Socialized Medicine: Canada, Great Britain, and Sweden
319(10)
Decentralized National Health Programs: Japan, Germany, the Netherlands, and France
329(11)
Conclusion
340(1)
Health Care in Developed Countries Internet Sites
341(2)
16 HEALTH CARE IN FORMER SOCIALIST, SOCIALIST, AND DEVELOPING COUNTRIES 343(26)
Socialist Medicine: Alterations in Russia, Poland, Hungary, and China
344(12)
Socialized Medicine: Saudi Arabia and Kenya
356(4)
Decentralized National Health: Mexico
360(3)
Fee-for-Service: South Africa
363(3)
Conclusion
366(1)
Health Care in Former Socialist, Socialist, and Developing Countries Internet Sites
367(2)
REFERENCES 369(38)
PHOTO CREDITS 407(1)
NAME INDEX 408(7)
SUBJECT INDEX 415

Excerpts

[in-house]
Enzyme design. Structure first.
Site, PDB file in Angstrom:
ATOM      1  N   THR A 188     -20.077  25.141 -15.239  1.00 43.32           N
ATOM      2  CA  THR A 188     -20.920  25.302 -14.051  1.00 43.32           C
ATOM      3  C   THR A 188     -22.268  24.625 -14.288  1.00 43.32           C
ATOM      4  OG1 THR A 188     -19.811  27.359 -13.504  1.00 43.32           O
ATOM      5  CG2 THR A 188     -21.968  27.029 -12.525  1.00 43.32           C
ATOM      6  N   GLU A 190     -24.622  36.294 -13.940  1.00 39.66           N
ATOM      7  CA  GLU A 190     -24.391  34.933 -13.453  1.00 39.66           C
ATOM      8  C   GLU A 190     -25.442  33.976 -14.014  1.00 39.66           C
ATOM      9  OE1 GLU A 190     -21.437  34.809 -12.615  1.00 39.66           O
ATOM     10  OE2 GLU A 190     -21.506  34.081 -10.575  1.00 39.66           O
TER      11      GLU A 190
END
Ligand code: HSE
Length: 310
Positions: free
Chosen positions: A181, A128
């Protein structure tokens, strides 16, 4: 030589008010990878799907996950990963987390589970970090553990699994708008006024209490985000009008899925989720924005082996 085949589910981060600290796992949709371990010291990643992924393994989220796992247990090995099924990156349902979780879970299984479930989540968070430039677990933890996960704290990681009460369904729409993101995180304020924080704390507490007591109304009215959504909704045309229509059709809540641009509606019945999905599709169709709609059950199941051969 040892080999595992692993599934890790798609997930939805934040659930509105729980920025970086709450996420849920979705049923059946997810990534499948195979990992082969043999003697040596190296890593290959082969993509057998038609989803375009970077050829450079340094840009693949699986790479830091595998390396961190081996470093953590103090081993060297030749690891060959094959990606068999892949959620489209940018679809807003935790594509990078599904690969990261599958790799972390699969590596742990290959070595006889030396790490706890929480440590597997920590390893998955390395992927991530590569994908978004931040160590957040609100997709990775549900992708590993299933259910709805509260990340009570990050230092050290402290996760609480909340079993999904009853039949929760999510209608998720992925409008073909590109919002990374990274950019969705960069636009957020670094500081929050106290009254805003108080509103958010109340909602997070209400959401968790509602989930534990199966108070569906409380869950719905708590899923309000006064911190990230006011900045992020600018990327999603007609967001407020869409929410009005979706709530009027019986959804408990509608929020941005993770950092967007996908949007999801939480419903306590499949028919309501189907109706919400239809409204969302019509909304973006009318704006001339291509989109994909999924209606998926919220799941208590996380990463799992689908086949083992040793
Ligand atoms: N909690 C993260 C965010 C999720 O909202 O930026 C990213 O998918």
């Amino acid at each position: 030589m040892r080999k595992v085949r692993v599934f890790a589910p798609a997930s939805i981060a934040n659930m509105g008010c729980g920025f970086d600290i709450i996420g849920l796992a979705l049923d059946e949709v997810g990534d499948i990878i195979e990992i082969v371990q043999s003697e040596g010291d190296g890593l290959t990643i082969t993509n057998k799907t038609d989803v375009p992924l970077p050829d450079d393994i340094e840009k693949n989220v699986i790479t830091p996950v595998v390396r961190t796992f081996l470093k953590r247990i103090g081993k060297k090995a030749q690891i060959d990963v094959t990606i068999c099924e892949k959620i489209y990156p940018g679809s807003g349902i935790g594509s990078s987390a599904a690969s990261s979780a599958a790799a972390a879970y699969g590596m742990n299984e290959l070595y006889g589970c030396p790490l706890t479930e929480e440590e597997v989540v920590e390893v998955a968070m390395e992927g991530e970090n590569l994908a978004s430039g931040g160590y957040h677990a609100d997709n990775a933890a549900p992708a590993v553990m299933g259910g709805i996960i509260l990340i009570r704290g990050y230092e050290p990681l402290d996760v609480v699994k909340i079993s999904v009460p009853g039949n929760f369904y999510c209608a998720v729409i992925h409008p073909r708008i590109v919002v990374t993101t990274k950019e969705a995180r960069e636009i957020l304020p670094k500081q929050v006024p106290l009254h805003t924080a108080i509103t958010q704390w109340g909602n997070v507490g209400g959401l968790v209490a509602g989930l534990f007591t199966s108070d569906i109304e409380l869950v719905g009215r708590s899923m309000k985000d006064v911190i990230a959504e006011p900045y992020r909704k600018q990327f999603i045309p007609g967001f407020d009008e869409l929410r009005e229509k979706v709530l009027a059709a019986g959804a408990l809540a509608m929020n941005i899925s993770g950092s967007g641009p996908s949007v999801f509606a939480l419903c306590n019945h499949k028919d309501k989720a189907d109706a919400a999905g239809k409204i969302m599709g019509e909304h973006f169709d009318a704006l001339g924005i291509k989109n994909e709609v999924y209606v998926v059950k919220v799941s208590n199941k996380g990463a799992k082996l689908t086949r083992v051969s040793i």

The field of medical sociology has undergone considerable change since the first edition of this textbook appeared in 1978. At that time, much of the research in medical sociology was dependent upon the sponsorship of physicians, and a clear division of labor existed between sociologists working in academic departments in universities and those working in health institutions. Today, that situation has changed drastically. Medical sociology is no longer highly dependent on the medical profession for funding or focus--although a strong alliance continues to exist in many cases. Medical sociologists exercise their craft in an increasingly independent manner, either working with a greater degree of partnership with health care professionals or functioning as medicine's critics should the situation warrant it. Furthermore, research and teaching in medical sociology in both universities and health institutions are increasingly similar in the application of theory and usefulness in addressing problems relevant to clinical practice. In sum, medical sociology has evolved into a mature, objective, and independent field of study and work. Medical sociology has also experienced significant growth worldwide in numbers of practitioners. In many countries, including the United States, Canada, Australia, Great Britain, Finland, Germany, the Netherlands, and Singapore, medical sociologists are either the largest or one of the largest specialty groups in sociology. The European Society for Health and Medical Sociology is a large and active professional society, as are the medical sociology sections of the American, British, and German sociological associations. In 1999, the American and British medical sociology sections held their first joint meeting at London University's Royal Holloway College. Elsewhere, the Japanese Society of Health and Medical Sociology is working to further develop the field in its nation, while medical sociologists in Latin America hold regional conferences on a regular basis and have their own Spanish-language journals. Numerous books, journals, college and university courses, medical programs, and lecture series in medical sociology now exist in different parts of the world. This textbook, for example, has been translated into Chinese by Yang Hui and Zhang Tuohong of Beijing Medical University and published by Huaxia Publishing House in Beijing. It has also been published in Chinese in Taiwan by Wu-Nan Book Company. Additionally, it has been translated into Spanish by Lourdes Lostao of the Public University of Navarra in Spain and published by Prentice Hall in Madrid. In the United States, several universities offer specialties in medical sociology, while two universities, the University of Alabama at Birmingham and the University of California at San Francisco--both with large medical campuses--offer doctorates in medical sociology. Columbia University in New York City offers a combined Ph.D. program in sociology and public health, while medical sociology is a major focus in sociology departments at the University of Kentucky, Rutgers University, Indiana University, the Kent State and University of Akron Program, Florida State University, and the University of Miami (Florida). Additionally, there are departments of social medicine, which include medical sociologists, at Harvard University and the University of North Carolina at Chapel Hill, as well as McGill University in Montreal. The principal goal of this textbook since its inception has been to introduce students to medical sociology by presenting the ideas, concepts, themes, theories, and research findings in the field. This edition--the ninth--continues this approach. The intent is to identify and discuss the most current issues, debates, and findings in medical sociology.